Pharmacists approved to administer medications by injection
Pharmacists in Newfoundland and Labrador will now be allowed to administer medications by injection and inhalation, including flu vaccines.
The expanded role of pharmacists was announced Wednesday by Health and Community Services Minister Steve Kent.
Kent also announced that clients of the Newfoundland and Labrador Prescription Drug Program (NLPDP) can now access flu shots from their pharmacists free-of-charge. That's in addition to physician offices and public health clinics.
We are very pleased with the government's commitment to leverage the skills, training and knowledge of pharmacists throughout the province.- Stephen Reid
"Through this expanded scope of practice, pharmacists will be able to further utilize their skills and deliver important health services," Kent stated.
Giving injections is part of a pharmacist's training, but until now, the health system in this province wouldn't allow it.
All other Canadian provinces, with the exception of Newfoundland and Labrador and Quebec, already permit the practice.
Pharmacists have been lobbying for the expanded role, saying that allowing them to administer flu shots can help stop the spread of the disease.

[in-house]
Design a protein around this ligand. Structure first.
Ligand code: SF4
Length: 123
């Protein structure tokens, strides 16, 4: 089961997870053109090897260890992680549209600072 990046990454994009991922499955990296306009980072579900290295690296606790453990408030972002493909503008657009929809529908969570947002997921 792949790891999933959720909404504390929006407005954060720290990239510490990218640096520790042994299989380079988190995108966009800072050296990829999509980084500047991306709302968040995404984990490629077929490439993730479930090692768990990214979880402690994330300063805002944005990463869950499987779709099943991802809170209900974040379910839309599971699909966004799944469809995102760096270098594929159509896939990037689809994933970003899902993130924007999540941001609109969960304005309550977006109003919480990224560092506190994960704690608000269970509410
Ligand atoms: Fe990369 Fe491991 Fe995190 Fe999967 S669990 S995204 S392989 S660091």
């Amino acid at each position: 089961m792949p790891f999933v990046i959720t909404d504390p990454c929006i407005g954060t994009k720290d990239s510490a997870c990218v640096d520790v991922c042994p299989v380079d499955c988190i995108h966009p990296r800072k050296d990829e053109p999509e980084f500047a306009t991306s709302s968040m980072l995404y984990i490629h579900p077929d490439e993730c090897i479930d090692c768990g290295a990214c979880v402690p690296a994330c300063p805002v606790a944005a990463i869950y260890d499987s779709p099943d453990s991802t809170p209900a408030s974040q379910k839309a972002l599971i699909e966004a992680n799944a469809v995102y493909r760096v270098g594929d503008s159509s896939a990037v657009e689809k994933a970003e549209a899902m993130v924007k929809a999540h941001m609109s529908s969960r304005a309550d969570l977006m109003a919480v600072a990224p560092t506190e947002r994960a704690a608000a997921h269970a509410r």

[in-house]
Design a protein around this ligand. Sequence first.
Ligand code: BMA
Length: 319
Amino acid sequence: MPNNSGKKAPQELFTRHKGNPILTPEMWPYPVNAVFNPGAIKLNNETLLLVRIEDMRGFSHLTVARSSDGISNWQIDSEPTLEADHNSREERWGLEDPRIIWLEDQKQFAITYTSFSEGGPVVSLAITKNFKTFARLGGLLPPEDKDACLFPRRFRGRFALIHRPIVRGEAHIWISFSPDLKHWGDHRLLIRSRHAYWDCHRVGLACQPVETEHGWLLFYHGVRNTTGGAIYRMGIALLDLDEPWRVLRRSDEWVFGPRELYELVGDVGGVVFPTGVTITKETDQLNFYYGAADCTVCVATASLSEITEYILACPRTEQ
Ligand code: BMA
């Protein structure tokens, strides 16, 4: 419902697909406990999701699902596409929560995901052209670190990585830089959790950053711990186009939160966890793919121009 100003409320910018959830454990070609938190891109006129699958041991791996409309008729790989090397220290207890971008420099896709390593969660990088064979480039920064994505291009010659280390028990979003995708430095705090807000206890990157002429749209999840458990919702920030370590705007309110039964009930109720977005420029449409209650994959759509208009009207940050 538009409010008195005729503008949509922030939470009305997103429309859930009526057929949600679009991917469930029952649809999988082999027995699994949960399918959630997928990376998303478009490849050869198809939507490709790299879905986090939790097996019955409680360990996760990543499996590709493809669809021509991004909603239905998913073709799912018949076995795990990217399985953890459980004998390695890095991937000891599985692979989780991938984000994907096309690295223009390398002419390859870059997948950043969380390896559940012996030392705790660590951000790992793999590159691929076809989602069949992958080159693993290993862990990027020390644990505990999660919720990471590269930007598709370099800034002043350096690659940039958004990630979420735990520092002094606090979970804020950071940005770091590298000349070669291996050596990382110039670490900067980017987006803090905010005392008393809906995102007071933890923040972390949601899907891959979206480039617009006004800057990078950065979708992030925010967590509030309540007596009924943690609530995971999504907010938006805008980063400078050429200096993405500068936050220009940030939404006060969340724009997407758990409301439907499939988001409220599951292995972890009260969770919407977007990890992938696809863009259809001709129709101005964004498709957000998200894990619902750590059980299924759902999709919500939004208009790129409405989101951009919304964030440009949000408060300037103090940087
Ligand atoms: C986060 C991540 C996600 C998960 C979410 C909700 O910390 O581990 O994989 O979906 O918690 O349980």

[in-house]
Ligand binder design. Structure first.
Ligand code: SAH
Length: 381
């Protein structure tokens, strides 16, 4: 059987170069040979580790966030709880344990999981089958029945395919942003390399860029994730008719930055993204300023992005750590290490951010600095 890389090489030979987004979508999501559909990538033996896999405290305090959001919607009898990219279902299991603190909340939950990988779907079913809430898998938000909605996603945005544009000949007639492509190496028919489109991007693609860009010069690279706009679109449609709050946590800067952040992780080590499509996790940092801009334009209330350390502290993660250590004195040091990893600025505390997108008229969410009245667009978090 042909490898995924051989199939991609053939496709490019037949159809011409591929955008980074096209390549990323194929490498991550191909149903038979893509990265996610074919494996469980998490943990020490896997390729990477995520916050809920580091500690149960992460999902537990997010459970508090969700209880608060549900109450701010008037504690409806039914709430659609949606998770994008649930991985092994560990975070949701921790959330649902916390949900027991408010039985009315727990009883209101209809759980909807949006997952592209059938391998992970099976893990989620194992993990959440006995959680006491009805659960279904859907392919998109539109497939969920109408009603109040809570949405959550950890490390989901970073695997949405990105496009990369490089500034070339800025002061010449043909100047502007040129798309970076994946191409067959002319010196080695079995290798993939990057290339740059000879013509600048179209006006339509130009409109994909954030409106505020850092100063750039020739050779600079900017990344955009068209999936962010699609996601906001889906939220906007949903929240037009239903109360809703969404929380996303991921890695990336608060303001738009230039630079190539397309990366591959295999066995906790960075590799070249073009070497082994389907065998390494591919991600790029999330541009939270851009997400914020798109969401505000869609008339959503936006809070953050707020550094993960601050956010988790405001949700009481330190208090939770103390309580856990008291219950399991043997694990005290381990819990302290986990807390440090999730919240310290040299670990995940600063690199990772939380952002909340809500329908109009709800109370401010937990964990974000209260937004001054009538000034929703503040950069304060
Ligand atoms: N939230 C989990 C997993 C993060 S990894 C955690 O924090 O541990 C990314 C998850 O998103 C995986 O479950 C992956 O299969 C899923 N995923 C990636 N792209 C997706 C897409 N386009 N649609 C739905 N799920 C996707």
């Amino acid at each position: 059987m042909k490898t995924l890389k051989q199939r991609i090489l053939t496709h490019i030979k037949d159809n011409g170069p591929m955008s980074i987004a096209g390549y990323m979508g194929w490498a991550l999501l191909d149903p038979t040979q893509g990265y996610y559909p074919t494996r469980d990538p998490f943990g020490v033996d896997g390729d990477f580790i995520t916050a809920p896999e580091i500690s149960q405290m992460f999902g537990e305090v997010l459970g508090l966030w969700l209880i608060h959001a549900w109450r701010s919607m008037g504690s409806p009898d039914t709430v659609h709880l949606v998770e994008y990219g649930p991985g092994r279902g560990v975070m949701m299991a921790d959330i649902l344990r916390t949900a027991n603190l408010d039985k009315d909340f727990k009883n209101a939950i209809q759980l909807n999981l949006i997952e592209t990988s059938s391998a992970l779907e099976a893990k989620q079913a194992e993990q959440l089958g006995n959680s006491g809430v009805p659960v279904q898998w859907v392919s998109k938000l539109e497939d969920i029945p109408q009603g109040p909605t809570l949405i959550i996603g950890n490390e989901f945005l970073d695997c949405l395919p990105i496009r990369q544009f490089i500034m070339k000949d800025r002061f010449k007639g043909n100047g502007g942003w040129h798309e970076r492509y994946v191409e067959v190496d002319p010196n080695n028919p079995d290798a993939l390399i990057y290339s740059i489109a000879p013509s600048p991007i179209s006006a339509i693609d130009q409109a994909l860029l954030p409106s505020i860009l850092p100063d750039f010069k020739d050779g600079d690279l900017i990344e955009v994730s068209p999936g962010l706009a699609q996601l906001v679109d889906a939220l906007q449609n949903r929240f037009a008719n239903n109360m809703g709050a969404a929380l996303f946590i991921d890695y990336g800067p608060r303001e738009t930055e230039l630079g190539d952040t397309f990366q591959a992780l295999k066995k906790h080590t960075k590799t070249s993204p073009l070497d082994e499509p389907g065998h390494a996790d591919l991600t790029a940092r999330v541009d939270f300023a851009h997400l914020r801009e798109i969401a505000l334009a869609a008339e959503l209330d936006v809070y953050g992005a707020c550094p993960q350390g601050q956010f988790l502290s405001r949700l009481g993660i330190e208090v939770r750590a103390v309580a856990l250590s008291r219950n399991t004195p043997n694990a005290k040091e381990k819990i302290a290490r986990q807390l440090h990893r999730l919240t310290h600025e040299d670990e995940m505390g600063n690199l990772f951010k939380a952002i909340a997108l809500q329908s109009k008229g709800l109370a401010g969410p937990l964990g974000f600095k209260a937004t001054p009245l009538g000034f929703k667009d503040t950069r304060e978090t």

The announcement was welcomed by the Pharmacists’ Association of Newfoundland and Labrador.
“We are very pleased with the government's commitment to leverage the skills, training and knowledge of pharmacists throughout the province," said executive director Stephen Reid.
Pharmacists will be required to receive training and follow standards developed by the Newfoundland and Labrador Pharmacy Board, according to a news release.
These standards are intended to ensure pharmacists are properly trained and have the appropriate administrative infrastructure in place.
"These new regulations will help to provide increased access to safe health care services," explained Margot Priddle, registrar of the Newfoundland and Labrador Pharmacy Board.
Two years ago, Ontario became the first Canadian province to allow pharmacists to give the flu shot.
It was hailed as a success because people liked the convenience, and the vaccination rate went up.
Pharmacists interested in providing injections, including flu vaccinations, will be required to successfully complete a comprehensive training program before receiving authorization from the board to administer injections.
Kent said pharmacists play a valuable role in the delivery of primary health care services.
He said these latest changes will ensure "greater access for everyone in the province and clients of the NLPDP will benefit from expanded opportunities to receive vaccines."
Pharmacists will also be permitted to provide vaccinations to the general public for a fee determined by the pharmacy.
Further details on the availability of the influenza vaccine or other vaccines will be made available by pharmacies, the news release explained.
"Pharmacists are easily accessible and happy to play a much larger role in the provision of quality health care in the province," added Stephen Reid.
Kent said the provincial government is committed to working with pharmacists to expand their scope of practice.